Beach Daze

When only O.D. and The Pad would do

By Tom Bryant

I grew up in the ’s, and I believe the lifestyles during those wonderful times will never be seen again. World War II was over, with the slight exception of the police action in Korea. (Folks involved in that so-called police action would strongly disagree with the terminology — to them it was a war.) After that, the country settled into a cycle of prosperity not seen by the general population in a very long time.

In my own house, Dad was the single provider. Mom never worked outside the home. Raising four children was her full-time job. We had one car, and it was a family car, a 1957 Chevrolet station wagon, built to haul about anything. We weren’t poor, middle class maybe, but a long way from being rich. From the age of 13, I worked at one job or another every summer. Service stations, food stores, and finally Dad let me work at the ice plant, where he was manager. As a teenager, I earned my own spending money and helped with my college finances as well. But in the summer of 1959, I was a brand new graduate of those bastioned halls of higher learning at Aberdeen High School, and I was ready to celebrate.

College was right around the corner. In my mind, I had just graduated and was not real excited about becoming a freshman again. I had a pocketful of money I’d been saving, and two weeks of vacation before I had to report to Dad for summer work. There was for me only one destination during that off time, and that was the beach. Not just any beach but Ocean Drive Beach — better known as O.D. — and The Pad, better known as The Pad.

In our short time as teenagers, The Pad had become a tradition for several of my good friends and classmates, and graduation had added an extra emphasis on the importance of heading east. O.D. was calling.

Clifton and Graham, friends and also recent graduates of old AHS, were already there, supposedly on a scouting mission to find a place for us to stay for a few days, cheap. I was to meet them at The Pad at 3 o’clock Monday to begin our celebration.

The Pad was located on the corner of a street dead-ending at the ocean, right across from The Pavilion, an attraction in its own right. Home to games, carnival-type rides and snack bars, it also had a concrete dance floor and jukebox.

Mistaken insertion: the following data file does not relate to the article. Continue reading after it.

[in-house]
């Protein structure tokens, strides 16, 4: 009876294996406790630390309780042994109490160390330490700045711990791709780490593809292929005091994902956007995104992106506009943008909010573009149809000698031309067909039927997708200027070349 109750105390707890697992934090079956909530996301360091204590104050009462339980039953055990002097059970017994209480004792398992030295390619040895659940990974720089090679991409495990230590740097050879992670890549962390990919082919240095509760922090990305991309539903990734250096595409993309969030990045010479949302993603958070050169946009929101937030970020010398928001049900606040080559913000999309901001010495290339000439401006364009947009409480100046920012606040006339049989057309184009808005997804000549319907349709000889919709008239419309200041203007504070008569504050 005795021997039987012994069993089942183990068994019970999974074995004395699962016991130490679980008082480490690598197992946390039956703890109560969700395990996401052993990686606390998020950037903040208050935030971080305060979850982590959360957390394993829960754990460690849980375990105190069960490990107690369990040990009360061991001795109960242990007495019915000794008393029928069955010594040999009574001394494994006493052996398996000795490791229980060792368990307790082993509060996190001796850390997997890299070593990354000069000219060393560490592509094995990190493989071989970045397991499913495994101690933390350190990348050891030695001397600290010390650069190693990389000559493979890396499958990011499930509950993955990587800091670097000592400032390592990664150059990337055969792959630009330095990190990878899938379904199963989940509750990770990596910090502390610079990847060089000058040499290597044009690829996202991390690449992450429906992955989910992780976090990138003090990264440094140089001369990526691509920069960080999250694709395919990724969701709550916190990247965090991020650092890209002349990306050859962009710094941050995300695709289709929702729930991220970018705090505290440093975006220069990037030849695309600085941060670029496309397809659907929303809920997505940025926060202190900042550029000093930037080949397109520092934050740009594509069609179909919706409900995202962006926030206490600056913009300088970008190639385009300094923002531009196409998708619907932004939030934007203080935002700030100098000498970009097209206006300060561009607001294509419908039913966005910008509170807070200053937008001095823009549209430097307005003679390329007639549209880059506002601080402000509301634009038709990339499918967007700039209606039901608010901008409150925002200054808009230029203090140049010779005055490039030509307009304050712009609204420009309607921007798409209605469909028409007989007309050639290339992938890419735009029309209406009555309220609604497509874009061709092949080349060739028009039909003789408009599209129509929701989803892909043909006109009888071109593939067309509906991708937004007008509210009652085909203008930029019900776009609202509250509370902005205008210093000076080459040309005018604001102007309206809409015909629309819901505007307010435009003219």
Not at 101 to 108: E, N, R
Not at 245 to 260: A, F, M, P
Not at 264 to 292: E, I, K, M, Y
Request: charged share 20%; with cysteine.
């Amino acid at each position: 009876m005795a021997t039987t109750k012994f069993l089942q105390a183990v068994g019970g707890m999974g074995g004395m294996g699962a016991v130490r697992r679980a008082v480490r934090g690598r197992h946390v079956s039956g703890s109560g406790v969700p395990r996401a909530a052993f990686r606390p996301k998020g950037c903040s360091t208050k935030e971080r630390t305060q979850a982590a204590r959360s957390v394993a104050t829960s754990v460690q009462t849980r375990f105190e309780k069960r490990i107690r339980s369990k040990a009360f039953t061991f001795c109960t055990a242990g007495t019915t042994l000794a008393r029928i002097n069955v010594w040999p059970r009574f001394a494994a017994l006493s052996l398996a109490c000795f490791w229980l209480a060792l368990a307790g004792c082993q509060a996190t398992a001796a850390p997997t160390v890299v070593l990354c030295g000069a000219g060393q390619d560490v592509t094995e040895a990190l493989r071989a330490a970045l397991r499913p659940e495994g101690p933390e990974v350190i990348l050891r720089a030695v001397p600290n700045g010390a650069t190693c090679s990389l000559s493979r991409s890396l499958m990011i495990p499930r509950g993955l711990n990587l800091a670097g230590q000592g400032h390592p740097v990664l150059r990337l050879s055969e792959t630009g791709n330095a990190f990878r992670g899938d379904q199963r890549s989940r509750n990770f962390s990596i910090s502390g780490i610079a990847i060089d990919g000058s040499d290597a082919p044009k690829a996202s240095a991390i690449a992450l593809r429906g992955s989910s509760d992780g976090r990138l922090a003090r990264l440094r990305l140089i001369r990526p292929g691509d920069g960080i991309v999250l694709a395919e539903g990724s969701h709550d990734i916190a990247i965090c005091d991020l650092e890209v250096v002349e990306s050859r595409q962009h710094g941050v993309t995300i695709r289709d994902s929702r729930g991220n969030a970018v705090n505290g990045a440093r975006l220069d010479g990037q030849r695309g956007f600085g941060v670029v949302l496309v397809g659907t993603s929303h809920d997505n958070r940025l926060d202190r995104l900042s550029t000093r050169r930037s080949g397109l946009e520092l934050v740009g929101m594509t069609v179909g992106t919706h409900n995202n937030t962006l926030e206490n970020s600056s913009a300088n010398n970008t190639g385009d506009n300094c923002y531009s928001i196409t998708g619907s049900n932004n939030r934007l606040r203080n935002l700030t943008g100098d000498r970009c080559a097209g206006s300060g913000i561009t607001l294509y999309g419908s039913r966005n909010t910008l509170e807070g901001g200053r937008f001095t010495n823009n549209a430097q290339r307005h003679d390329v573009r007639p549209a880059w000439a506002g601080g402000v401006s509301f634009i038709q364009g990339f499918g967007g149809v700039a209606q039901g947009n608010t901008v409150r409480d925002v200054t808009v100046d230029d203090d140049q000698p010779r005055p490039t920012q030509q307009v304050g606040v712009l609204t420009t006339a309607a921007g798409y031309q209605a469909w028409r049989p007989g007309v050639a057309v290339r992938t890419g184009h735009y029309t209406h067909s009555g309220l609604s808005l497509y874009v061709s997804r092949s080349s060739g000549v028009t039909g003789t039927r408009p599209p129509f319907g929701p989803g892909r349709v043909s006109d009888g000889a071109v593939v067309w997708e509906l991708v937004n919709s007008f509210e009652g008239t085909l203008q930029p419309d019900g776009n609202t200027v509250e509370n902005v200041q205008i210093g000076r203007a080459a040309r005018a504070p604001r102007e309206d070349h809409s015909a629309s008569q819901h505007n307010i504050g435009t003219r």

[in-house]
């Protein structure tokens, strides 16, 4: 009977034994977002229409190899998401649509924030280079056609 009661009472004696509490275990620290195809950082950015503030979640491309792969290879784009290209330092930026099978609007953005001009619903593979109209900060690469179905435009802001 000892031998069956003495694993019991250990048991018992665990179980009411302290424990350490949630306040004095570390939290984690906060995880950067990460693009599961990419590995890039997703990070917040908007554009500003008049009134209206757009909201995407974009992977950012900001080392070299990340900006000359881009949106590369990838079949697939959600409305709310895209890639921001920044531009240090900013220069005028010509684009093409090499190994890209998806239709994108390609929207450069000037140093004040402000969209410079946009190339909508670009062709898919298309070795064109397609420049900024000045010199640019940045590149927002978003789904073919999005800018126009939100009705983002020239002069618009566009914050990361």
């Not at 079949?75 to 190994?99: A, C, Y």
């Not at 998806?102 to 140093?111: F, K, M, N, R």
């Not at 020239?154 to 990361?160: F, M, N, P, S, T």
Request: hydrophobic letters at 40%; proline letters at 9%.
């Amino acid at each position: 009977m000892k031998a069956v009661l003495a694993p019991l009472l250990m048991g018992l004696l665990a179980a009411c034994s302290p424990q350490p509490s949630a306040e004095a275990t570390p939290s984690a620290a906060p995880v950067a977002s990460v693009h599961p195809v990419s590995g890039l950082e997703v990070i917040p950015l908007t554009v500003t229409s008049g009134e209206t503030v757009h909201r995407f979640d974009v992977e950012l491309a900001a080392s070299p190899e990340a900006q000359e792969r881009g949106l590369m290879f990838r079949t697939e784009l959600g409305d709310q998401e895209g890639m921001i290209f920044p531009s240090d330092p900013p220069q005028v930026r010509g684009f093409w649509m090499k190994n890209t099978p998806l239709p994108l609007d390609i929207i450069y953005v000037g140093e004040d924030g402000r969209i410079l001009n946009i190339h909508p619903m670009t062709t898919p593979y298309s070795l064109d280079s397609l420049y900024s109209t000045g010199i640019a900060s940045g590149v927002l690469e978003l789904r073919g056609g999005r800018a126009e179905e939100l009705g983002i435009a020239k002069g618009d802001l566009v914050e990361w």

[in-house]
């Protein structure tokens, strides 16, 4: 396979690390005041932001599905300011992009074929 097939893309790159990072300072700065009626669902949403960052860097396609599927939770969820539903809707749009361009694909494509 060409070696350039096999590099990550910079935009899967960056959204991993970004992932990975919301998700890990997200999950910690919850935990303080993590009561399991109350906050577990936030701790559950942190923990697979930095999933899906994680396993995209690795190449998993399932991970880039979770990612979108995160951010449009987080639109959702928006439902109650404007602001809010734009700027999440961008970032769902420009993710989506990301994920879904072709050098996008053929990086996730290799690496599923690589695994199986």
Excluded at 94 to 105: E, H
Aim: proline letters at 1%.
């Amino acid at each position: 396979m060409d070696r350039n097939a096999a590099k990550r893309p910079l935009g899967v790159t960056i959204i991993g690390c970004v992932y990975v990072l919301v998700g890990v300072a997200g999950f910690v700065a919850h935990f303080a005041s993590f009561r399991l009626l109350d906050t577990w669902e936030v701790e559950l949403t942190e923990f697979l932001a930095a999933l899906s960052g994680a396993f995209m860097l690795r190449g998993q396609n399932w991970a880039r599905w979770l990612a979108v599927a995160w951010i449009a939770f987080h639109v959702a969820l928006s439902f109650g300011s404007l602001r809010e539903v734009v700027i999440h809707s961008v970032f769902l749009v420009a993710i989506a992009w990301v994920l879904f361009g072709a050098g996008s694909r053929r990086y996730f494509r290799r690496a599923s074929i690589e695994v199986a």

Both The Pad and The Pavilion were opened in 1955 and were mainstays at Ocean Drive Beach for fun and frolic. Structurally, The Pad wasn’t much, just a shed covering the bar and its sand floor and a square deck for dancing. I honestly can’t remember if the dance floor was wood or concrete. Behind the bar, washtubs were full of ice and cans of beer. In those days Pabst Blue Ribbon, PBR, was the most prevalent, and the wall surrounding the entire building was lined with empty beer cans. It was rumored that the wall was erected to hide dancers doing the shag, a six-count rhythm created by bands and music performed by groups like The Drifters.

All in all, The Pad and The Pavilion were the place to see and be seen, especially if you were young and in a party mood. As Harold Bessent, manager of The Pad for its last 10 years, said, “It became a sort of Mecca.”

Right on time, Graham and Cliff came sauntering out of the white sunshine glare of the beach into the cool shade. Chuck Berry was blasting “Johnny Be Good” from the jukebox, I was leaning against the bar talking to the on-duty afternoon bartender.

“Hey, Bryant, where’s your car? We didn’t see it outside. Didn’t make it down here?” Cliff was constantly chiding me about the car Dad had given me for graduation. Especially after he heard that it had two flat tires on the way home from the estate sale where Dad bought it. The old car, a 1940 Chevrolet Deluxe, served me well over the next several years.

“It’s parked around the corner. New tires,” I laughed. “Ready to go. What have you deadheads been doing? I hope you’ve found us a place to sleep. Cheap.”

“You won’t believe it,” Graham said. “Larry,” pointing to the bartender, “put us on to the Just-A-Mere-Guest-House, not two blocks from here. We left the car there and walked back. We booked us a room for three days, the only room they had available.”

That vacation week when we celebrated our graduation at The Pad and Ocean Drive Beach was one that we’ll never forget. We had a grand time. And at reunions ever after, it would always come up, “Do you remember that week at The Pad when Blue . . . ”

The Pad was torn down in 1994, not meeting the town’s requirements for safety and other things. The memories that old bar created for hundreds of young folks just beginning life after high school, would never be forgotten.

The ‘50s and that restful, peaceful time were over. The unknown future lay on the horizon. There was the Cold War with Russia, the hot war in Vietnam, the technological race against other countries, and even perhaps against ourselves. I realize that when remembering the past, a person has a tendency to forget the bad stuff and just remember the good. My mother always said, “If you think the good old days were that good, try using an outdoor toilet when it’s 14 degrees outside.”

As a matter of fact, I think The Pad had outside bathrooms, and if I remember correctly, they were just a little better than what Mom was talking about. The difference, and a good thing for us, it wasn’t 14 degrees.  PS

Tom Bryant, a Southern Pines resident, is a lifelong outdoorsman and PineStraw’s Sporting Life columnist.

Recommended Posts